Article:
It’s not exactly news that spending time in nature benefits human health and well-being. But an experiment conducted by social scientists along some mountain trails in Colorado shows – it’s not just the wind in your face or the grandeur of the scenery we need to thank.
They hid speakers along two trails in the mountains of Colorado, in the western US. They then played the sounds of many different songbird species in different “blocks” along the way.
Hikers taking the trails filled out a written survey afterward. On both trails, they reported more “restorative effects” when they were hearing the birdsongs than when they were not.
One of the researchers, Dr. Clinton Francis (of California Polytechnic State University), tells FoW, the sounds made hikers “wonder about things,” or, “were different from what they usually heard in daily life,” or “fit with their personal preferences.”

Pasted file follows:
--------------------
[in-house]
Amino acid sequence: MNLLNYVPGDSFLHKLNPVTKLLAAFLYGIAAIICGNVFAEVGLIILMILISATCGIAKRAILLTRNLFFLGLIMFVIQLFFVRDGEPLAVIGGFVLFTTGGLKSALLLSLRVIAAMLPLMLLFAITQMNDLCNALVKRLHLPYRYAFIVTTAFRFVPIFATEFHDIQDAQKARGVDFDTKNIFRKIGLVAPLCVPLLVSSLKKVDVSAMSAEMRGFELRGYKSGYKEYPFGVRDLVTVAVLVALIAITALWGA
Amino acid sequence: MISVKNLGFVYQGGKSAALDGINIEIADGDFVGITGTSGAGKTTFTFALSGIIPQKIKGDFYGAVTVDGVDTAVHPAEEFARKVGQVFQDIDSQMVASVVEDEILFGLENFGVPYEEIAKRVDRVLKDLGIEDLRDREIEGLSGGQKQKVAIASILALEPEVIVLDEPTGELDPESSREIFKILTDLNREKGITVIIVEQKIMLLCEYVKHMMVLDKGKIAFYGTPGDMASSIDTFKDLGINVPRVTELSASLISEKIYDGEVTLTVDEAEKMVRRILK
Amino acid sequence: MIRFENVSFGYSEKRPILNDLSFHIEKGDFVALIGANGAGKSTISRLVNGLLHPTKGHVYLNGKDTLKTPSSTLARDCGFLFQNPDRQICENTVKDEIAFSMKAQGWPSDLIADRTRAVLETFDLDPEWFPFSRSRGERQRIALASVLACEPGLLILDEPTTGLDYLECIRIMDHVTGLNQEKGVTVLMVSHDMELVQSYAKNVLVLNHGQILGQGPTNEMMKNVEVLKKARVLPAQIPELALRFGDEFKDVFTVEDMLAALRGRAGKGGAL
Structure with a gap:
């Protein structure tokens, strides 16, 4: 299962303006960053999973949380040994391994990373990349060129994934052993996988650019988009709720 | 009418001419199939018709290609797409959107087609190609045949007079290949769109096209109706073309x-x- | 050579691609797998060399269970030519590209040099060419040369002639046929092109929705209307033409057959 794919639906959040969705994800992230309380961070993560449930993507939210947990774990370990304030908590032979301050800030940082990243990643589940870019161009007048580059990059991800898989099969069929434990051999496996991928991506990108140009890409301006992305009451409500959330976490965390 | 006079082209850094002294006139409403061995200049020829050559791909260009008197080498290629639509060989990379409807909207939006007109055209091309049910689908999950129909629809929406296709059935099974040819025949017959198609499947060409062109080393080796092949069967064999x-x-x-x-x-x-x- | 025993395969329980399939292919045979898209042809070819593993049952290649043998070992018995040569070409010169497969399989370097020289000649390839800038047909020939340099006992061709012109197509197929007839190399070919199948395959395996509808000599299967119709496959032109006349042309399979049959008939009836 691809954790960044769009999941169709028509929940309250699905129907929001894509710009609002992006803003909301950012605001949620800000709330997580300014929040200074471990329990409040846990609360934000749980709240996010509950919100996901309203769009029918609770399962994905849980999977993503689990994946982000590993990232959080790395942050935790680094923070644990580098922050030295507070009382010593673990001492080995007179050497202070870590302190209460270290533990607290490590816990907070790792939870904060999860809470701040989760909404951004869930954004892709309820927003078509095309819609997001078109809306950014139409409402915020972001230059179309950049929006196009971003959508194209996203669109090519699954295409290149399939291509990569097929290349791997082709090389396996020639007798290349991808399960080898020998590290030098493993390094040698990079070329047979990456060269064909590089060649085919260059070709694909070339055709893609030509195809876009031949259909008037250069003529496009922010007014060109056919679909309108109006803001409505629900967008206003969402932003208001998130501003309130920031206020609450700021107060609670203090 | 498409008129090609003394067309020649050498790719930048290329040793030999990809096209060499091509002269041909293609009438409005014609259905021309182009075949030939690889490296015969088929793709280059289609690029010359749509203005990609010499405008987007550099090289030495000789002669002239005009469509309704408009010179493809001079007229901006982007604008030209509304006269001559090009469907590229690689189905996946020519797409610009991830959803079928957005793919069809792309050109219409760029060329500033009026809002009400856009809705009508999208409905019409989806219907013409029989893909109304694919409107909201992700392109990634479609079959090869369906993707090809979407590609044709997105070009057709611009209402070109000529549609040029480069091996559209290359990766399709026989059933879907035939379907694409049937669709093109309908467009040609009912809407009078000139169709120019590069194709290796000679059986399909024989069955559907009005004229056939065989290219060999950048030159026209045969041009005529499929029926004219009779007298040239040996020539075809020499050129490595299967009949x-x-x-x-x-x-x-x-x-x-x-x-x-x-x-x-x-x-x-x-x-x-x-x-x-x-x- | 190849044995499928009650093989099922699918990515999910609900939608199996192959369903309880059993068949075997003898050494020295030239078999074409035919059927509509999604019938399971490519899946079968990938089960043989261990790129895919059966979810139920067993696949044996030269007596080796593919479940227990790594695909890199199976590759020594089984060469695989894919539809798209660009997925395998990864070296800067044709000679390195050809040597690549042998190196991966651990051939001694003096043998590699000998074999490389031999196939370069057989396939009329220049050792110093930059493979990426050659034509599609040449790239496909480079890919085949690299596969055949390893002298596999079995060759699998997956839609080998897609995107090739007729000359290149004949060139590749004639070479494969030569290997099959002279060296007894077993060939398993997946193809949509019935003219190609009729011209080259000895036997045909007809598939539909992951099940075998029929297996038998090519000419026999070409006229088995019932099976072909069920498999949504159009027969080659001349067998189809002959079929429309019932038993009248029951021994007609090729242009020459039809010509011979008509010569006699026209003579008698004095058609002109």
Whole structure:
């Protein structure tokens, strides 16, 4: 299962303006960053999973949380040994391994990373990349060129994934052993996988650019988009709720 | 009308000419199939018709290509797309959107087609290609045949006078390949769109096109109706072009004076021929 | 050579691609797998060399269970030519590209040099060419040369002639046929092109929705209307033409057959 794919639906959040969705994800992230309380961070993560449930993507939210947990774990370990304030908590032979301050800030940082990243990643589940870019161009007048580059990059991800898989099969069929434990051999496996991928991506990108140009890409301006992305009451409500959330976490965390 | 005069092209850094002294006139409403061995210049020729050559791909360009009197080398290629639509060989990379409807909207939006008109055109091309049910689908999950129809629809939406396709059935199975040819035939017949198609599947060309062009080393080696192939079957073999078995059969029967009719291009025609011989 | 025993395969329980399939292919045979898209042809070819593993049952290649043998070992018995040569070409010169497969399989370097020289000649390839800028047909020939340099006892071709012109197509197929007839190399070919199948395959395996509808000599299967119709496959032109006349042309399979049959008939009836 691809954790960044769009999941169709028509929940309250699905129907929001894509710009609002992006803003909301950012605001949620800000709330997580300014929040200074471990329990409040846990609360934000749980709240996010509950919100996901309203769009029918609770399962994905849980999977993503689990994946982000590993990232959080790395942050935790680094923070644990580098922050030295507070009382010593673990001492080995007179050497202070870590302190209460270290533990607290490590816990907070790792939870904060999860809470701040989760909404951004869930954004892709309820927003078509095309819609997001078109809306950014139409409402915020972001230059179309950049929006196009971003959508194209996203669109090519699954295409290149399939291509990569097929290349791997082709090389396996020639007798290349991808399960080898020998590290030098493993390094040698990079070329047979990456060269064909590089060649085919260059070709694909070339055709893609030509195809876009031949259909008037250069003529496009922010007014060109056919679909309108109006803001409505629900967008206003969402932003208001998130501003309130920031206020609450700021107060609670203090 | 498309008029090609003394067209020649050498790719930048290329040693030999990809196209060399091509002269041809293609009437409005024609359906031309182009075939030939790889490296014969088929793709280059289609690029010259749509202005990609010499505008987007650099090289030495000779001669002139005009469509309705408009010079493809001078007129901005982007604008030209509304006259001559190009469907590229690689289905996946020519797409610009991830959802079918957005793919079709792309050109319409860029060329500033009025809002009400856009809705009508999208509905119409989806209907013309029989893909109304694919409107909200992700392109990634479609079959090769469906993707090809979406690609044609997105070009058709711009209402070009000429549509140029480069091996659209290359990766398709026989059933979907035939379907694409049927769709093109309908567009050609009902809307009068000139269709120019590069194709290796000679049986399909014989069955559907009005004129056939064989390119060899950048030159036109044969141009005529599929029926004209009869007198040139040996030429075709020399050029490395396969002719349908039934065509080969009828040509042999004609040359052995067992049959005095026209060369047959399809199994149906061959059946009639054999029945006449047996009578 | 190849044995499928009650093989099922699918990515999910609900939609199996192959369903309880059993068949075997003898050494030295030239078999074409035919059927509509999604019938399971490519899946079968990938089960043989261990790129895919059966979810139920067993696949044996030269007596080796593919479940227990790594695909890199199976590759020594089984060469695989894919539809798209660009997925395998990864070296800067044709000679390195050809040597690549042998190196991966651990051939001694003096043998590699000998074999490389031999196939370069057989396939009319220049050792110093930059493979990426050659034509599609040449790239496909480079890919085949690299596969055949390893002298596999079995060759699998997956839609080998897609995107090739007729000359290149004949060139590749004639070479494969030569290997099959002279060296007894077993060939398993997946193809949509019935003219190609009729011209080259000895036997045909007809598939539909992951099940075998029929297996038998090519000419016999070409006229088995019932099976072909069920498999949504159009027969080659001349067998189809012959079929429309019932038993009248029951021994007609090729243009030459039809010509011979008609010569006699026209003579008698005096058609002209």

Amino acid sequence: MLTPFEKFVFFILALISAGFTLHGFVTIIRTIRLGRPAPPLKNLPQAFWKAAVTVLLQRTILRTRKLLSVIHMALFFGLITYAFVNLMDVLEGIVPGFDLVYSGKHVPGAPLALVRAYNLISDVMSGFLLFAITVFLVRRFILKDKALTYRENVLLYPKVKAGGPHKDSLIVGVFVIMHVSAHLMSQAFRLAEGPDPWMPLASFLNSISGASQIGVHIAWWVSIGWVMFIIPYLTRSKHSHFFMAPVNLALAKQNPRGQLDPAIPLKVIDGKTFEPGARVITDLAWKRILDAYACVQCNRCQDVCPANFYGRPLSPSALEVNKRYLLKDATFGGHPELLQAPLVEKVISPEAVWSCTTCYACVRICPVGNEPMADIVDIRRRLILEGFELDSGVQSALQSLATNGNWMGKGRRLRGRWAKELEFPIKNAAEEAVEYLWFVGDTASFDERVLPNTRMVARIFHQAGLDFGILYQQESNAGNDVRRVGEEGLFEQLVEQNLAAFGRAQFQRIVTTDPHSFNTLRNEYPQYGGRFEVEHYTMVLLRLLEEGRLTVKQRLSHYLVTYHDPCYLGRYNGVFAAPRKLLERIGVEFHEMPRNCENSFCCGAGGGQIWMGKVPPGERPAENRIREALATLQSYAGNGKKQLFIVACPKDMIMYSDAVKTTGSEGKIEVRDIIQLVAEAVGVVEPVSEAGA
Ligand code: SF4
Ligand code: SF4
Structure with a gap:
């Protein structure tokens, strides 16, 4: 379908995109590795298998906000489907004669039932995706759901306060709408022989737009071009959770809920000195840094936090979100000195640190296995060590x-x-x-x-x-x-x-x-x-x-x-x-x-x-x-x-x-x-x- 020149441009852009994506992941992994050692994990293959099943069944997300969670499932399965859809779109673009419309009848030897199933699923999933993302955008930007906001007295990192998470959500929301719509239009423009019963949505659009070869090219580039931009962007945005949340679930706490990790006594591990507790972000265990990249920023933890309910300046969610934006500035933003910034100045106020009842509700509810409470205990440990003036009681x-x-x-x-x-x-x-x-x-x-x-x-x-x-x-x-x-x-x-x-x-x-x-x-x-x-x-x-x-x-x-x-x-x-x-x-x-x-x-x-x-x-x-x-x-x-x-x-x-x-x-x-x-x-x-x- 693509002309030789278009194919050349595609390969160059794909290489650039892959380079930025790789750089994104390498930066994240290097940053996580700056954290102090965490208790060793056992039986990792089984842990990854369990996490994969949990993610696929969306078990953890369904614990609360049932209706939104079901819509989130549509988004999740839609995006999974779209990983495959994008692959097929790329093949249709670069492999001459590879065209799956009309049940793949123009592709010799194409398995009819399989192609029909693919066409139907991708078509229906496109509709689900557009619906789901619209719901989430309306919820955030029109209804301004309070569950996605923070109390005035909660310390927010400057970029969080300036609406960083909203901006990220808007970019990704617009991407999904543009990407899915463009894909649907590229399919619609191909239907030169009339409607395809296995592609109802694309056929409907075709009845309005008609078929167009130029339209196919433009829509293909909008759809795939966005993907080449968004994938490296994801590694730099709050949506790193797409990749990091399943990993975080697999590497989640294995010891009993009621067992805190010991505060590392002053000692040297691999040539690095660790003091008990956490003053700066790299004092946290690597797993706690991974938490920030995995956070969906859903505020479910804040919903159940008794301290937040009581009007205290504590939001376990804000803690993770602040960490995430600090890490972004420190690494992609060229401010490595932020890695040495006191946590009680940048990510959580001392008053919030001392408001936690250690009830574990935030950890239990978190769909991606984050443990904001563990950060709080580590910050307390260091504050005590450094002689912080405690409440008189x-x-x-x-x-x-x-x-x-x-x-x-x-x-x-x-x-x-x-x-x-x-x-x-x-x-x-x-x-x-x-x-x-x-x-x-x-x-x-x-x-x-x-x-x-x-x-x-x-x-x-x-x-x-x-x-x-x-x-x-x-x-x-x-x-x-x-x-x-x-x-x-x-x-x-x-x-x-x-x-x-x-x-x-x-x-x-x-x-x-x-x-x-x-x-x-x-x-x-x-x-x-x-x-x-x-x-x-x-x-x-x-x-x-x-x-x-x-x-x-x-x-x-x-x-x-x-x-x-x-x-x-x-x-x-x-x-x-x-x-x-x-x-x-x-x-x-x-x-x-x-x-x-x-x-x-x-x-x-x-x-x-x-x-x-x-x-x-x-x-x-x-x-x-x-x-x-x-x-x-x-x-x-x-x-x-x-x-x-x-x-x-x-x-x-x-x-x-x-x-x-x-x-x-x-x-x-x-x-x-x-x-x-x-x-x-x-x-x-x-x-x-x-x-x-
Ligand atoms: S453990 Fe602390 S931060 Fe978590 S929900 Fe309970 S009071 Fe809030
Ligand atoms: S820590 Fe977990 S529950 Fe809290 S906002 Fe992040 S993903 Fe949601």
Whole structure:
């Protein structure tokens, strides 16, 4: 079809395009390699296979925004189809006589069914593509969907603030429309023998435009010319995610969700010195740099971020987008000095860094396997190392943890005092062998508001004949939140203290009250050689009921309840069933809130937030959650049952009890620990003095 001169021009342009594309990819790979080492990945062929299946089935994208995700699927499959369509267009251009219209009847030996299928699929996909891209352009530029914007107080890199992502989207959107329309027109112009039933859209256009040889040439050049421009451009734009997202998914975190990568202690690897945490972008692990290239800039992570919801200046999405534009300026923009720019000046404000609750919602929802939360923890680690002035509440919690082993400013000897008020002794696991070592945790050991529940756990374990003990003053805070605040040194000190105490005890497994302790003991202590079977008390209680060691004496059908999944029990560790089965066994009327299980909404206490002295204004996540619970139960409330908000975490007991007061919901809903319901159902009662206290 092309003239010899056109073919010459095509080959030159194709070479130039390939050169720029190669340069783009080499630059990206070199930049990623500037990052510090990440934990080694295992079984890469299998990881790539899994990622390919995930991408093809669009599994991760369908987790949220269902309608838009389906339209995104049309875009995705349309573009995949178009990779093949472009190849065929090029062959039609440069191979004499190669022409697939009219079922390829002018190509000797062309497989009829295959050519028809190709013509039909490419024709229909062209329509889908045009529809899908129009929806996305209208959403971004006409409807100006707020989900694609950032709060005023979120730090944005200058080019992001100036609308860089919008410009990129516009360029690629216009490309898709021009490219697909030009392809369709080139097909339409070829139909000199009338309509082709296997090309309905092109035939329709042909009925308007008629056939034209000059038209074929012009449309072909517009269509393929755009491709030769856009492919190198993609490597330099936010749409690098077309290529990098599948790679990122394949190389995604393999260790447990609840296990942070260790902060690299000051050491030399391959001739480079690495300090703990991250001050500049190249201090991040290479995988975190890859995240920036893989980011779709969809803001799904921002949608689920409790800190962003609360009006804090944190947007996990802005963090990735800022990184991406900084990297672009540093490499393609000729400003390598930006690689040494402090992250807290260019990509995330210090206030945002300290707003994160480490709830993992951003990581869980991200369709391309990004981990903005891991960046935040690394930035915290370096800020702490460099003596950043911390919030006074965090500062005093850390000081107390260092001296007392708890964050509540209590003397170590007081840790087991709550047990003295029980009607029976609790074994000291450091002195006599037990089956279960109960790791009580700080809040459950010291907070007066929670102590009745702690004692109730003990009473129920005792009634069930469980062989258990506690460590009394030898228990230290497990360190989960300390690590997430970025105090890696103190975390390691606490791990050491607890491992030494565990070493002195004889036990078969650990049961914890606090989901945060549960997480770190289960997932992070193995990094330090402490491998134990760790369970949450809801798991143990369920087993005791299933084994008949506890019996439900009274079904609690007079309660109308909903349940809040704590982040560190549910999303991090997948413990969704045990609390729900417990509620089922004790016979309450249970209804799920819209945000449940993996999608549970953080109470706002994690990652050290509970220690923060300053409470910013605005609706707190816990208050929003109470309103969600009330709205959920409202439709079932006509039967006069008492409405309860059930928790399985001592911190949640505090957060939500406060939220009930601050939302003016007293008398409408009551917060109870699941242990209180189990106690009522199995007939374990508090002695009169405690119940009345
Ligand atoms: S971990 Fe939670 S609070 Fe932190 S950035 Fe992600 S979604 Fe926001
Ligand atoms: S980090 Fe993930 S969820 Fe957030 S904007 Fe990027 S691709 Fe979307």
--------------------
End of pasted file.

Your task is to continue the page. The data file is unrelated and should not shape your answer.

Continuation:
Dr. Francis adds, “I believe that conservation and biodiversity preservation can improve by demonstrating how nature benefits people. The psychological ecosystem services that nature provide is an important way that people benefit from nature.”
As the report concludes, “Our findings add to a growing body of evidence linking mental health to nature experiences.” They show how sounds – in this case – wild birdsongs – play an important role in the way nature confers her restorative effects on humans.
The findings have just been published in the proceedings of The Royal Society.
Lead photo: The Cape May warbler (Setophaga tigrina). All photos by the author. (Author’s note) Not all birds shown in the colour pics I took were members of the “chorus.” But take it from me, they would have been worthy members. Larry.
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